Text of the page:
On his part, Umana said the country could boost its foreign exchange earnings with its free trade zones.

“On the issue of how to boost foreign exchange, I want to say that even the free zones platform is a veritable platform for this,” he said.

“The free zone is a platform that can drive production because when you produce for export, you earn foreign exchange.”

Nakama said the federal government must be ready to make some compromise to end the strike by the Academic Staff Union of Universities (ASUU).

“On tackling the issue of ASUU, my answer is that there will be leave of compromise. Government and ASUU will have to come to a compromise and through this, we will able to solve these incessant strikes once and for all,” he said.

The remaining four nominees were asked to “take a bow and go” on the grounds of their experience.

Continue Reading

News

R. Kelly sentenced to 30 years in sex trafficking case

Published

on

R. Kelly sentenced to 30 years in sex trafficking case

Fallen R&B superstar R. Kelly was sentenced to 30 years in prison Wednesday for using his fame to subject young fans — some just children — to systematic sexual abuse.

Through tears and anger, several of Kelly’s accusers told a court, and him, that he had preyed on them and misled his fans.

“You made me do things that broke my spirit. I literally wished I would die because of how low you made me feel,” said one unnamed survivor, directly addressing a Kelly who kept his hands folded and his eyes downcast.

“Do you remember that?” she added.

Kelly, 55, didn’t speak at his sentencing, where he also was ordered to pay a $100,000 fine. The Grammy-winning, multiplatinum-selling singer and songwriter was convicted last year of racketeering and sex trafficking at a trial that gave voice to accusers who had previously wondered if their stories were being ignored because they were Black women.

“Although sex was certainly a weapon that you used, this is not a case about sex. It’s a case about violence, cruelty and control,” U.S. District Judge Ann Donnelly told him.

The sentence caps a slow-motion fall for Kelly, who was adored by legions of fans and sold millions of albums even after allegations about his abuse of young girls began circulating publicly in the 1990s.

Widespread outrage over Kelly’s sexual misconduct didn’t come until the #MeToo reckoning, reaching a crescendo after the release of the docuseries “Surviving R. Kelly.”

Kelly’s lawyers had argued he should get no more than 10 years in prison because he had a traumatic childhood “involving severe, prolonged childhood sexual abuse, poverty, and violence.”

As an adult with “literacy deficiencies,” the star was “repeatedly defrauded and financially abused, often by the people he paid to protect him,” his lawyers said.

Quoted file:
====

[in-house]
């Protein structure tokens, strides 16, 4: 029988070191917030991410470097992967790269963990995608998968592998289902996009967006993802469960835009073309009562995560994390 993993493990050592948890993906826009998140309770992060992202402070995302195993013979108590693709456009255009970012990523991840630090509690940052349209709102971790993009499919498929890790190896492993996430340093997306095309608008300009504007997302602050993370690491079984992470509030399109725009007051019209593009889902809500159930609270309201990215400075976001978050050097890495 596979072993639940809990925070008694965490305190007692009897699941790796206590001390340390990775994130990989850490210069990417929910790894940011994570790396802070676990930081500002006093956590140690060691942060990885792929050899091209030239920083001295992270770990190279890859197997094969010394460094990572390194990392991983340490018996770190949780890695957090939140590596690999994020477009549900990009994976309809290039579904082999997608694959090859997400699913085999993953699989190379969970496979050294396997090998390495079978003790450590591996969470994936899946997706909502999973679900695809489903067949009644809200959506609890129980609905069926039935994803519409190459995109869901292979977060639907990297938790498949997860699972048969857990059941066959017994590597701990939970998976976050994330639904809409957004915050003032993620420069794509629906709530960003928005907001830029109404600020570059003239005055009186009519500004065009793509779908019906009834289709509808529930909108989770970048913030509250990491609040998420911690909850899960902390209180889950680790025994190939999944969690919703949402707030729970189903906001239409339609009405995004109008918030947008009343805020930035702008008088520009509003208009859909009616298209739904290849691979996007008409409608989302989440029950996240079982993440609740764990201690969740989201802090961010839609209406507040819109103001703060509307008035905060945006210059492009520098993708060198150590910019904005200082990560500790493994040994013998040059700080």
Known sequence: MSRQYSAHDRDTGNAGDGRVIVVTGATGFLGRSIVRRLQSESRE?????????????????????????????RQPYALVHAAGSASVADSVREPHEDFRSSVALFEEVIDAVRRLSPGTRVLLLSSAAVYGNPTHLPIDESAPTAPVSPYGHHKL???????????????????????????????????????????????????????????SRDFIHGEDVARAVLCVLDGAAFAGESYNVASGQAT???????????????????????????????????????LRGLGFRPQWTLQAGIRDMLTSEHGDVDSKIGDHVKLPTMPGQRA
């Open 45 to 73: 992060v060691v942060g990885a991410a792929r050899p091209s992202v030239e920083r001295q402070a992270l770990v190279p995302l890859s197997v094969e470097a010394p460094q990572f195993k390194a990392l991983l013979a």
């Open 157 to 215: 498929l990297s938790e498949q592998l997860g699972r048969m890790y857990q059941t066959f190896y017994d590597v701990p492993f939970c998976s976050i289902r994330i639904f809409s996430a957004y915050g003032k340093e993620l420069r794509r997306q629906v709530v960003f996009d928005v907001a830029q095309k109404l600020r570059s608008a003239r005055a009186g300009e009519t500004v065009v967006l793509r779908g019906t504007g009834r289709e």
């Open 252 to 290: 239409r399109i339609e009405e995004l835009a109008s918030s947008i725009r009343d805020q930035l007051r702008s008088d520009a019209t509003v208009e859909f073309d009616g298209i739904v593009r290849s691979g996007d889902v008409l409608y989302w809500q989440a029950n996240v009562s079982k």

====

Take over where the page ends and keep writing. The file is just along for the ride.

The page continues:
The hitmaker is known for work including the 1996 hit “I Believe I Can Fly” and the cult classic “Trapped in the Closet,” a multi-part tale of sexual betrayal and intrigue.

Allegations that Kelly abused young girls began circulating publicly in the 1990s. He was sued in 1997 by a woman who alleged sexual battery and sexual harassment while she was a minor, and he later faced criminal child pornography charges related to a different girl in Chicago. A jury there acquitted him in 2008, and he settled the lawsuit.

All the while, Kelly continued to sell millions of albums.

The Brooklyn federal court jury convicted him after hearing that he used his entourage of managers and aides to meet girls and keep them obedient, an operation that prosecutors said amounted to a criminal enterprise.

Kelly, born Robert Sylvester Kelly, used his “fame, money and popularity” to systematically “prey upon children and young women for his own sexual gratification,” prosecutors wrote in a court filing earlier this month.

Several accusers testified that Kelly subjected them to perverse and sadistic whims when they were underage.

The accusers alleged they were ordered to sign nondisclosure forms and were subjected to threats and punishments such as violent spankings if they broke what one referred to as “Rob’s rules.”

Some said they believed the videotapes he shot of them having sex would be used against them if they exposed what was happening.

According to testimony, Kelly gave several accusers herpes without disclosing he had an STD, coerced a teenage boy to join him for sex with a naked girl who emerged from underneath a boxing ring in his garage, and shot a shaming video that showed one victim smearing feces on her face as punishment for breaking his rules.

Kelly has denied any wrongdoing. He didn’t testify at his trial, but his then-lawyers portrayed his accusers as girlfriends and groupies who weren’t forced to do anything against their will and stayed with him because they enjoyed the perks of his lifestyle.

Evidence also was presented about a fraudulent marriage scheme hatched to protect Kelly after he feared he had impregnated R&B phenom Aaliyah in 1994 when she was just 15. Witnesses said they were married in matching jogging suits using a license falsely listing her age as 18; he was 27 at the time.

Aaliyah worked with Kelly, who wrote and produced her 1994 debut album, “Age Ain’t Nothing But A Number.” She died in a plane crash in 2001 at age 22.

An earlier defense memo suggested prosecutors’ arguments for a higher sentence overreached by falsely claiming Kelly participated in the paying of a bribe to a government official in order to facilitate the illegal marriage.

The Associated Press does not name people who say they have been sexually assaulted or abused, unless they come forward publicly. The women who spoke at Kelly’s sentencing were identified only by first names or pseudonyms.

Kelly has been jailed without bail since in 2019. He’s still facing child pornography and obstruction of justice charges in Chicago, where a trial is scheduled to begin Aug. 15.

Continue Reading
Advertisement

Trending